Saturday, 25 April 2015

Scottish Ballet, 24/04/2015

Exalt (Marc Brew, choreography; Nils Frahm, music)
5 Tangos (Hans van Manen, choreography; Astor Piazzolla, music)

Artists of Scottish Ballet
Indepen-dance 4
(pre-recorded soundtracks)

Indepen-dance is a physically integrated dance project for variously abled dancers of all types, while Indepen-dance 4 is their "touring" arm, so to speak, four of the project members specifically chosen for their performance abilities.  The first item on tonight's double-bill saw this quartet joining with the company of Scottish Ballet as a unified group to perform a new work by Australian choreographer Marc Brew.

The title, Exalt, perhaps suggests something a little more emphatic than what we got, but  Brew's vision of an integrated company, with the Indepen-dance members barely distinguishable from their colleagues, was a persuasive one.  A study in collaboration, a lesson in trust, a gentle, almost lyrical, but persistent pushing of boundaries, all of these could be applied to what was seen on stage tonight.  Set to a largely electronic score by German composer Nils Frahm, the company appeared together, with soloists stepping out from the collective, and in varying smaller groups and partnerings, exploiting the stage space to the full,  as well as some of the vertical possibilities of four tall ladders reaching up to the flies, with one pattern making way seamlessly for the next.  This was a serene experience, always interesting, and a strong message about possibilities.

The second half was devoted to one of the gems of modern ballet, Hans van Manen's sleek and sexy 5 Tangos.  Originally created in 1977 for the Dutch National Ballet, of which he was director at the time, van Manen had picked up on the rise in popularity in Europe of the Argentinian tango composer Astor Piazzolla.  Although Piazzolla had been writing since the 50s, it was in the 70s that he returned to Europe on tour, and finally attracted the attention of a wider public, while at the same time his writing, or at least his scoring, became as avant-garde as it was ever to get.  The highly distinctive sound of Piazzolla's music, its almost acidic orchestration contrasting with the sweet melancholy of his melodic lines, provided van Manen with a superb platform for his evocation of the world of the Argentine tango, the crisp precision of pure classical technique and geometric patterning subtly subverted by the sharp modernism of both the steps and the look of the ballet.  It is a sublimation of the tango, rather than an emulation of it, and an undoubted masterpiece.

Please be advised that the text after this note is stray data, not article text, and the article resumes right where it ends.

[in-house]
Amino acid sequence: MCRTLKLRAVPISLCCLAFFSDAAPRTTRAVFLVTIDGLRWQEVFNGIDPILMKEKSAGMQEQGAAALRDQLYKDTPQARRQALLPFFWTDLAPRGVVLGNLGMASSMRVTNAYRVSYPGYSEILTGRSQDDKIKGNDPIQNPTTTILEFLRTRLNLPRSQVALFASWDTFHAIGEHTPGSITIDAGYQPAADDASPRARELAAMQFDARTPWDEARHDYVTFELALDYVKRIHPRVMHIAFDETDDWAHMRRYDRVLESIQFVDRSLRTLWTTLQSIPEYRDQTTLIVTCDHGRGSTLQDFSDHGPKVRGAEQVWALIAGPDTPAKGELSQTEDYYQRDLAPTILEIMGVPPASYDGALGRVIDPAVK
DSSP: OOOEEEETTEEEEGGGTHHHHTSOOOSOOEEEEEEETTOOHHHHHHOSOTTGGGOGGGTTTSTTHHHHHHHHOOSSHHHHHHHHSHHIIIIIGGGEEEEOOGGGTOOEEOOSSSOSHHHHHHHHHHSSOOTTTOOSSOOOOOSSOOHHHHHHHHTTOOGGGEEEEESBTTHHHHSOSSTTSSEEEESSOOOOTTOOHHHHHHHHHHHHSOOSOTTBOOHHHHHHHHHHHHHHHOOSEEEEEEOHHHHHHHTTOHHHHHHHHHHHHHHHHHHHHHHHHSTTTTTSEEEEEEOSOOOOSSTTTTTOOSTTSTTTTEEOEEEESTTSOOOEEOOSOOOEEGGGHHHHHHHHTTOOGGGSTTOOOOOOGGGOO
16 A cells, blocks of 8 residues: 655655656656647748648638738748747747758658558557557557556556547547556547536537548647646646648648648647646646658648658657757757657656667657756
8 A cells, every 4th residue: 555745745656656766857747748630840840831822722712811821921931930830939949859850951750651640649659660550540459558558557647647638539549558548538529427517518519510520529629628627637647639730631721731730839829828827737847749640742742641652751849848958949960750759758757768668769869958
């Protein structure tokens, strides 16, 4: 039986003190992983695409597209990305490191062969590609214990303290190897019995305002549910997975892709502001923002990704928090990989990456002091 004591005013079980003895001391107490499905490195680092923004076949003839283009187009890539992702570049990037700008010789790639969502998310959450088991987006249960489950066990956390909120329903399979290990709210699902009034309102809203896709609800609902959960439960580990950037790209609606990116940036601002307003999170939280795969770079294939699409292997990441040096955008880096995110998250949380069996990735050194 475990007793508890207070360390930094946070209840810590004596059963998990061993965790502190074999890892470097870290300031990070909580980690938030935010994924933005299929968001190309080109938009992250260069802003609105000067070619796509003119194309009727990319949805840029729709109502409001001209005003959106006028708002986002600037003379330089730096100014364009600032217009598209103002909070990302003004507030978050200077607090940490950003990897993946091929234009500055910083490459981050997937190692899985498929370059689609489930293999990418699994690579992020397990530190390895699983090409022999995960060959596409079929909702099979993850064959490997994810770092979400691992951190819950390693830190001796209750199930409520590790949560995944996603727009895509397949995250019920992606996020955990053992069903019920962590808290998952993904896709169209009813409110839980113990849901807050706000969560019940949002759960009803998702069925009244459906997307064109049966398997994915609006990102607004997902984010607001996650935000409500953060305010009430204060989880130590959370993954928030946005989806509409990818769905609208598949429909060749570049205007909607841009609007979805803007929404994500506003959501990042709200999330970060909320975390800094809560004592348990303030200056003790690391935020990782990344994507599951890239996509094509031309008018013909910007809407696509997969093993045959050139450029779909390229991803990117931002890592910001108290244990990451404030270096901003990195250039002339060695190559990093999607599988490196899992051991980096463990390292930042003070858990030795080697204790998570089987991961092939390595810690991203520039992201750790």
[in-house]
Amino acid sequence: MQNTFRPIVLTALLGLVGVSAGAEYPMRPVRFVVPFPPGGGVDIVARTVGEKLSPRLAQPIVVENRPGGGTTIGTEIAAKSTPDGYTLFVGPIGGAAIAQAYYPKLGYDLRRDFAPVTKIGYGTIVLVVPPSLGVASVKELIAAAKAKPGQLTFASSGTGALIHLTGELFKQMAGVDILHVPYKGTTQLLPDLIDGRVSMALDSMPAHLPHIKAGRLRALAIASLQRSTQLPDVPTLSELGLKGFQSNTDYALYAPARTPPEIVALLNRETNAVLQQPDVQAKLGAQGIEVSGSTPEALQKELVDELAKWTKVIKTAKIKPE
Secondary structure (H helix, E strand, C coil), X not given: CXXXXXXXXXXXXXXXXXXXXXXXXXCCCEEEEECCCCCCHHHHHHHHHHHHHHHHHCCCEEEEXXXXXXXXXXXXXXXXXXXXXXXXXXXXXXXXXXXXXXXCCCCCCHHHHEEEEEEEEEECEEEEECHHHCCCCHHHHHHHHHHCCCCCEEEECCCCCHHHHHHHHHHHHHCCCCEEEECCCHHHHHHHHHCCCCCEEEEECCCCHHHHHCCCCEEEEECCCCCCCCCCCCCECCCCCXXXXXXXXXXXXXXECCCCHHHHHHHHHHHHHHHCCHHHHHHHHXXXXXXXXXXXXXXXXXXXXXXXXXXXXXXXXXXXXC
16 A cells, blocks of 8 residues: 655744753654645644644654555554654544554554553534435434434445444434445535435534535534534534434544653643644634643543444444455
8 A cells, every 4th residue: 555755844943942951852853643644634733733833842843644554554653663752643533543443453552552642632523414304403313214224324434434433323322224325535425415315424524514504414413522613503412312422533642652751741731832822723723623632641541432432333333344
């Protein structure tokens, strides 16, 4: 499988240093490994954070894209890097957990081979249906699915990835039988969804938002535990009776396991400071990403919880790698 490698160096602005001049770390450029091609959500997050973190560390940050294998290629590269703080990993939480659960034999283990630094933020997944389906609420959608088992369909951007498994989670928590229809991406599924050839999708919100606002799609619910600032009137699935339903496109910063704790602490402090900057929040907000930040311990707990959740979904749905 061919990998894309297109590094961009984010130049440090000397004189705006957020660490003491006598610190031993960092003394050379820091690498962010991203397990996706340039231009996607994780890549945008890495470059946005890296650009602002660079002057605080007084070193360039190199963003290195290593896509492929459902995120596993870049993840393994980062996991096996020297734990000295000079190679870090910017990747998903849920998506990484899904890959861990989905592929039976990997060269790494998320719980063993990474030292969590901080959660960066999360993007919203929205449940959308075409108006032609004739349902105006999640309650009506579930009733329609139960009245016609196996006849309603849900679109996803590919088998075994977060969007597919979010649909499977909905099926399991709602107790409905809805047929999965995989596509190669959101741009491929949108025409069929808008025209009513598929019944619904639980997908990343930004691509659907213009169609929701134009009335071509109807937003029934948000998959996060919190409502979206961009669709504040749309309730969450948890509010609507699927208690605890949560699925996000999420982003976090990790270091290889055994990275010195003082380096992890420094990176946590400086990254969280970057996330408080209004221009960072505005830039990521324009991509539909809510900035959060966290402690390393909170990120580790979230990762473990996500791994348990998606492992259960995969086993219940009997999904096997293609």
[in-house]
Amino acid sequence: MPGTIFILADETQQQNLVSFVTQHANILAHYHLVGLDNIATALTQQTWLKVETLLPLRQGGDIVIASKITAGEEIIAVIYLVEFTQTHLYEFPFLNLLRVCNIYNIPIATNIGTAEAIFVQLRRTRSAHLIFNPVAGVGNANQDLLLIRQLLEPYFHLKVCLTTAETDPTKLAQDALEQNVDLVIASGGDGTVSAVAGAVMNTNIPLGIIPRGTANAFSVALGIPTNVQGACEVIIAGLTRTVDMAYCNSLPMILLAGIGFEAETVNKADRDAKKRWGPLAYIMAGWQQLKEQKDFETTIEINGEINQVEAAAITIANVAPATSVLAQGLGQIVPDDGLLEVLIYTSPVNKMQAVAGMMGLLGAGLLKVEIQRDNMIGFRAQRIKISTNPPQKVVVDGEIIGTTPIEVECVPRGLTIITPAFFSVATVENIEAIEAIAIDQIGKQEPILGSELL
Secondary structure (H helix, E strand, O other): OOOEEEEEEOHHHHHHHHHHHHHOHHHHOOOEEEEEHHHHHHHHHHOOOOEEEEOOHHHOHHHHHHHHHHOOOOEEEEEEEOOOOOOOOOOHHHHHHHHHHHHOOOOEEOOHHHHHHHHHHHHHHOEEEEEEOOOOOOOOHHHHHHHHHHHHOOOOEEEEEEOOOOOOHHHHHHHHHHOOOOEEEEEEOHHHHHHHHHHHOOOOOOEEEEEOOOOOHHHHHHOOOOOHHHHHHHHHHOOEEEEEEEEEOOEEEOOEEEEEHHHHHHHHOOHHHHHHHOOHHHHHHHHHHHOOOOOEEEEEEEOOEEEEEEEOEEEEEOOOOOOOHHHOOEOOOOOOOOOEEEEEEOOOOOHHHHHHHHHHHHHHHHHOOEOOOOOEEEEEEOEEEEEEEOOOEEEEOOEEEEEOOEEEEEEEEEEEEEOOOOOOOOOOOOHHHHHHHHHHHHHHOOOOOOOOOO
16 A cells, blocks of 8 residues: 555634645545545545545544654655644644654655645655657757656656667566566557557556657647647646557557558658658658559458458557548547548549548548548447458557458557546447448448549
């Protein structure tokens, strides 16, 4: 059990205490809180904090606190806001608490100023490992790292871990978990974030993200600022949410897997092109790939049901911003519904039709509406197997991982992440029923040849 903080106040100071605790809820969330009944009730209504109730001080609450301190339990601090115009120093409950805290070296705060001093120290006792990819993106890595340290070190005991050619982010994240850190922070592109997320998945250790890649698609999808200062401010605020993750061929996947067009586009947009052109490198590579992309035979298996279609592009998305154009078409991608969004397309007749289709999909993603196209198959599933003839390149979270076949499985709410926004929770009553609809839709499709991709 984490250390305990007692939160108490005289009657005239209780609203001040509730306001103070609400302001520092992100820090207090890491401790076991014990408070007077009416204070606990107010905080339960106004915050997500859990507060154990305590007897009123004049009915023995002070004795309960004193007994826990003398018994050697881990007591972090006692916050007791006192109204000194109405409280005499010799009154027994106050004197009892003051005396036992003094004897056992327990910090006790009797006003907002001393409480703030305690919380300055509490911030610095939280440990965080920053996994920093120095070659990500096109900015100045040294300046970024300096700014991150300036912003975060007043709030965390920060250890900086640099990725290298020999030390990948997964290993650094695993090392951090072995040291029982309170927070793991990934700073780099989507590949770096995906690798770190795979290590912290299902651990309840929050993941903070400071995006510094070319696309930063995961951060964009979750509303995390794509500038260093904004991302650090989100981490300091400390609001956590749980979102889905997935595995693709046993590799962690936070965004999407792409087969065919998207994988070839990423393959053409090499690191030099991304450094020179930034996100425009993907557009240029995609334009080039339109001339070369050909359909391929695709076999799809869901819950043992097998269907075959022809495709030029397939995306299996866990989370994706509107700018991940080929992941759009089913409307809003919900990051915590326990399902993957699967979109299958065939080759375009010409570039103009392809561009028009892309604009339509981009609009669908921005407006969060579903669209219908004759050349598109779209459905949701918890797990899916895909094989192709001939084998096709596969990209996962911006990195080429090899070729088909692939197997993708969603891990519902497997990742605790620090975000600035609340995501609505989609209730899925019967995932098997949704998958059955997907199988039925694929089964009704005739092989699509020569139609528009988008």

The piece demands meticulous exactitude from its seven couples, and for the most part, we got that.  Luciana Ravizzi radiated a kind of elegant, mild indulgence for the second tango, where the principal female dancer is the queen bee, surrounded by six adoring swains, when I've seen it performed with cool hauteur, but she doesn't have the look for that, and wisely chose a different approach.  Her partner, Victor Zarallo, burst on stage like a firecracker for "Vayamos al Diablo", though I'd have liked to see a touch more sheer machismo in his presentation.  However, the two couples for the marvellous, Bach-inspired 4th tango, "Resurreccíon del Angel", were excellent, the men intensely and darkly focused on each other until their girls showed up to diffuse the tensions somewhat, and the final ensemble rounded off the evening on a suitably smouldering note.

[Next : 25th April]

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